Nikki Rovner, L’94, combined her loves for science and policy in a career in environmental law. Today, she’s making a difference through her work with the Nature Conservancy.

Her Law School Experience

“I came into law school entirely certain that [environmental law] was what I wanted to do,” said Rovner. After graduating from Penn State with a degree in wildlife science, Rovner knew she was passionate about the environment – and passionate about policy. Law school was an opportunity to meld those two.

Her summer internships with the Chesapeake Bay Foundation solidified her plan: “I knew that I wanted to end up working for an NGO, and I also thought that it would make sense to work in government first,” said Rovner – because having a knowledge of how the government and legislation function would better inform her future work.  

Her Career Path

After graduation from Richmond Law, Rovner worked as an intern in the environmental law section of the Virginia Attorney General’s Office before landing a position as a staff attorney for the Division of Legislative Services’ Natural Resources Team. That internship was crucial: “It helped me get my job, but I also met some attorneys who I’ve known throughout my career,” said Rovner.

With the Division of Legislative Services, “you learn state law incredibly well by writing it,” said Rovner. “But you’re not an advocate. I knew I wanted to be an advocate eventually.” That desire drew her to a newly created role of Director of Government Relations for the Nature Conservancy. From there, she spent four years as Deputy Secretary of Natural Resources for Governor Tim Kaine before returning to the Nature Conservancy in 2010. Her responsibilities within the organization have grown, and she is now Associate State Director.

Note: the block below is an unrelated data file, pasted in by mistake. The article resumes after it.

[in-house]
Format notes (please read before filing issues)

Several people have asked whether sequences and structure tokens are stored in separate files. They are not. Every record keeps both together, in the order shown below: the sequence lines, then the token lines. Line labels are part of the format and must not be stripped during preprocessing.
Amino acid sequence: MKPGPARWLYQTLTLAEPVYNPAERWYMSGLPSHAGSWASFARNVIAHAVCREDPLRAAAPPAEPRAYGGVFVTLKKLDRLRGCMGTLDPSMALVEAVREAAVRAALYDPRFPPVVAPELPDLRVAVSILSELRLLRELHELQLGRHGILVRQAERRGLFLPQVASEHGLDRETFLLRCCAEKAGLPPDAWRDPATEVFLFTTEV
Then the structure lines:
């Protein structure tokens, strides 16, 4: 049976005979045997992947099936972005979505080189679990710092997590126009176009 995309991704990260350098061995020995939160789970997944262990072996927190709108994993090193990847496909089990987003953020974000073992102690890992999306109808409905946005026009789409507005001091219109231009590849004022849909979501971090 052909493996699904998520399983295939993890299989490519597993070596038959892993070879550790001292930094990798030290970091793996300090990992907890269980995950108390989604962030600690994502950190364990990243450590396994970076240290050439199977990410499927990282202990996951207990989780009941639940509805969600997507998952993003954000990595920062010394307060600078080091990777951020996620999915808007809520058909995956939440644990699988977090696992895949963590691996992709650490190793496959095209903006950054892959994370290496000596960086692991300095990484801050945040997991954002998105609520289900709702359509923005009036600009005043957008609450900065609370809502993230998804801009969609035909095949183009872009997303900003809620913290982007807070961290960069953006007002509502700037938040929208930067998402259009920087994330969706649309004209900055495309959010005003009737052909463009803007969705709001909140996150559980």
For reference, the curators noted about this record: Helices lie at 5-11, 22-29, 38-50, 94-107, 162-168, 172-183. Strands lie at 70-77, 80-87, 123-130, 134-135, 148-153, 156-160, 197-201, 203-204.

Her Job Today

At the Nature Conservancy, Rovner’s work focuses on building partnerships with government agencies and advocating for policy priorities. Her role is a non-partisan one – “but you can’t just ignore politics and pretend it doesn’t exist, because you won’t be an effective advocate,” explained Rovner. “Trying to balance that out is challenging.”

But the challenge is worth the reward for Rovner: “I like being the voice of conservation in the policy-making realm,” she said. “When you’re working with legislators, you’re working with people that make decisions that have a real effect on the environment.”

Her Advice for Students

“Climate change is the challenge of our time, and there are so many different career paths where you could have an impact on solving that problem,” said Rovner. The environmental community’s increased focus on policy work means more paths opening for legal careers in the field, she explained. “The policies that are needed for localities to be able to [help communities adapt to change] really do not exist,” said Rovner – making the environmental law field an exciting one. “There is still so much room to be on the cutting edge in that area.”